15 mm of plywood every year

Friday 18 November 2022. – Last Tuesday earth’s population reached 8 billion. The plywood industry is not directly related to birthrate or mortality, but I started to wonder how much plywood 8 billion people consume. Is plywood consumption increasing or decreasing on a global scale? How big is my stake in total consumption?

If each one of us would get every year a square meter of plywood, how thick that panel would be? Has the thickness changed over time?

The UN and FAO data say that in 1960 the global population was 3 billion and plywood production was 15 million m3. That made a floppy 5 mm square-edged board for you and all of your fellow inhabitants.

By 1970 the plywood production had increased to 33 million m3, and the imaginary citizen panel became 9 mm thick.

Between 1970 and 2000 plywood consumption per capita remained quite the same. Population and plywood production rose at the same pace. People celebrating the new millennium got the same 9 mm panels as 30 years before.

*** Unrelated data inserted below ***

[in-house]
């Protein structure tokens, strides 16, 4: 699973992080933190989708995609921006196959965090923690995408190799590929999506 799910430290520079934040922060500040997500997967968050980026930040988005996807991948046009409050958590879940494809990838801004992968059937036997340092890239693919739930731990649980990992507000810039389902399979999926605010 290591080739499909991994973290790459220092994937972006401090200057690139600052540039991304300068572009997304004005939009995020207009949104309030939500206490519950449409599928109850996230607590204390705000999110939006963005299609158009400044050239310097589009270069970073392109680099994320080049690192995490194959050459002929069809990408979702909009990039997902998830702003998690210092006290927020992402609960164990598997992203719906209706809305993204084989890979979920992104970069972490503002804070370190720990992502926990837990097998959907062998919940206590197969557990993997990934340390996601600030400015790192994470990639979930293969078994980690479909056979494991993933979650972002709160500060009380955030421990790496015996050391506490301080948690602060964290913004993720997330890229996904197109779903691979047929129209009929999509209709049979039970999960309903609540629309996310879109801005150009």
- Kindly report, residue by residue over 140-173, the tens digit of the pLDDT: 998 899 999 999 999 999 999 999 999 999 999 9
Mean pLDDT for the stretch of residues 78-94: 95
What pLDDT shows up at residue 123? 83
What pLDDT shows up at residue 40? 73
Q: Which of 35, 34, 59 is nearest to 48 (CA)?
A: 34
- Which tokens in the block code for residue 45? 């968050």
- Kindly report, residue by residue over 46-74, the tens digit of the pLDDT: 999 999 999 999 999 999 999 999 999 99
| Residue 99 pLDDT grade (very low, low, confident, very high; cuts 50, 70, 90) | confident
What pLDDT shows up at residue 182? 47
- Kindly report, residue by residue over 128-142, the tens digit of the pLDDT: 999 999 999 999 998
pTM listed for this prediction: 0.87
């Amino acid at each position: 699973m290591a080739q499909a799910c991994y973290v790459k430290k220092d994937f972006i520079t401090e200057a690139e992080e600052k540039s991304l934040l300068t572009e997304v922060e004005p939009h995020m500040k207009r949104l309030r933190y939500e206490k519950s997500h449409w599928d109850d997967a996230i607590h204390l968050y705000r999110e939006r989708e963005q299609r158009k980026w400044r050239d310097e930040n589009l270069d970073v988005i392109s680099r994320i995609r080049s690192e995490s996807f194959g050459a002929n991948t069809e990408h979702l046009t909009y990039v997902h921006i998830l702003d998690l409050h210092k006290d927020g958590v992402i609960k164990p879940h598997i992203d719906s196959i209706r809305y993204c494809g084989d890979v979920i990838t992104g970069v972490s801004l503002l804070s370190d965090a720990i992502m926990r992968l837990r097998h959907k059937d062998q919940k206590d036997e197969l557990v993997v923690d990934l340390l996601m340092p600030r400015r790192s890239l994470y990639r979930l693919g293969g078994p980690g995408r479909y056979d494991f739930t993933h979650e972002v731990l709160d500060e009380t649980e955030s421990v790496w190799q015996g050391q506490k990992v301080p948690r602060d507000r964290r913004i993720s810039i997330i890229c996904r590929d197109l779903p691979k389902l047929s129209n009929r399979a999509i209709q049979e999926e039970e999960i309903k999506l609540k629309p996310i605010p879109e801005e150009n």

Plywood production started to speed up in 2000. In just ten years the production rose by 40 million m3. The main part of that manufacturing boom appeared in China. In the dawn of the 2010s global plywood production reached 100 million m3, and the annual citizen panel had strengthened to 15 mm. Since 2010 the plywood production growth has calmed down, and the average square meter thickness remains at 15 mm still today.

According to the United Nations prognosis, population growth decelerates. The median prediction for 2030 is “only” 8.5 billion people. But to keep the plywood consumption per capita the same as today, 10 million m3 more plywood is needed until 2030. Wow.

Many of us feel a declining plywood demand at the moment. It is hard to believe market figures that are approximate as well as crazy big. However, I hope the future trends offer some comfort in the gloomy market conditions.